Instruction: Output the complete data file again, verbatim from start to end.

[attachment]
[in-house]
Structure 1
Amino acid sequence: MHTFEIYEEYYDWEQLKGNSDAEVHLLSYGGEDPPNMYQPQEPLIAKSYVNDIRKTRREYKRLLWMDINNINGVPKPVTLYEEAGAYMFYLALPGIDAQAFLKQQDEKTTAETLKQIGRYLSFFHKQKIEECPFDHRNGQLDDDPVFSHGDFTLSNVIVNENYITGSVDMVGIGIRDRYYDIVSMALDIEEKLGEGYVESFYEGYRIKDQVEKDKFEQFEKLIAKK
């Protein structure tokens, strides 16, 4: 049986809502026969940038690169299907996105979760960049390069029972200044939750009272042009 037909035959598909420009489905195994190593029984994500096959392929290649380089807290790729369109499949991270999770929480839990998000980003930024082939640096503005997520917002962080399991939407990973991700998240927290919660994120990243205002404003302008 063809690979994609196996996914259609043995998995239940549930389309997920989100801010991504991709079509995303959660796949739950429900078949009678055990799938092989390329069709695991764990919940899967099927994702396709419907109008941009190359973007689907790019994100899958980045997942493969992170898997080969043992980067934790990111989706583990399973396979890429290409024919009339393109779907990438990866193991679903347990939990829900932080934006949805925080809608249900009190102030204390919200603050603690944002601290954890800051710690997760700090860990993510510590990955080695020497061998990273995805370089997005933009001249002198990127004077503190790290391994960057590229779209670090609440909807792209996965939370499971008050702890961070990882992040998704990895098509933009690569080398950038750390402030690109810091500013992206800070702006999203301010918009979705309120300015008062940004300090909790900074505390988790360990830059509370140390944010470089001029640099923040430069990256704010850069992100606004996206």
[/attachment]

[in-house]
Structure 1
Amino acid sequence: MHTFEIYEEYYDWEQLKGNSDAEVHLLSYGGEDPPNMYQPQEPLIAKSYVNDIRKTRREYKRLLWMDINNINGVPKPVTLYEEAGAYMFYLALPGIDAQAFLKQQDEKTTAETLKQIGRYLSFFHKQKIEECPFDHRNGQLDDDPVFSHGDFTLSNVIVNENYITGSVDMVGIGIRDRYYDIVSMALDIEEKLGEGYVESFYEGYRIKDQVEKDKFEQFEKLIAKK
């Protein structure tokens, strides 16, 4: 049986809502026969940038690169299907996105979760960049390069029972200044939750009272042009 037909035959598909420009489905195994190593029984994500096959392929290649380089807290790729369109499949991270999770929480839990998000980003930024082939640096503005997520917002962080399991939407990973991700998240927290919660994120990243205002404003302008 063809690979994609196996996914259609043995998995239940549930389309997920989100801010991504991709079509995303959660796949739950429900078949009678055990799938092989390329069709695991764990919940899967099927994702396709419907109008941009190359973007689907790019994100899958980045997942493969992170898997080969043992980067934790990111989706583990399973396979890429290409024919009339393109779907990438990866193991679903347990939990829900932080934006949805925080809608249900009190102030204390919200603050603690944002601290954890800051710690997760700090860990993510510590990955080695020497061998990273995805370089997005933009001249002198990127004077503190790290391994960057590229779209670090609440909807792209996965939370499971008050702890961070990882992040998704990895098509933009690569080398950038750390402030690109810091500013992206800070702006999203301010918009979705309120300015008062940004300090909790900074505390988790360990830059509370140390944010470089001029640099923040430069990256704010850069992100606004996206």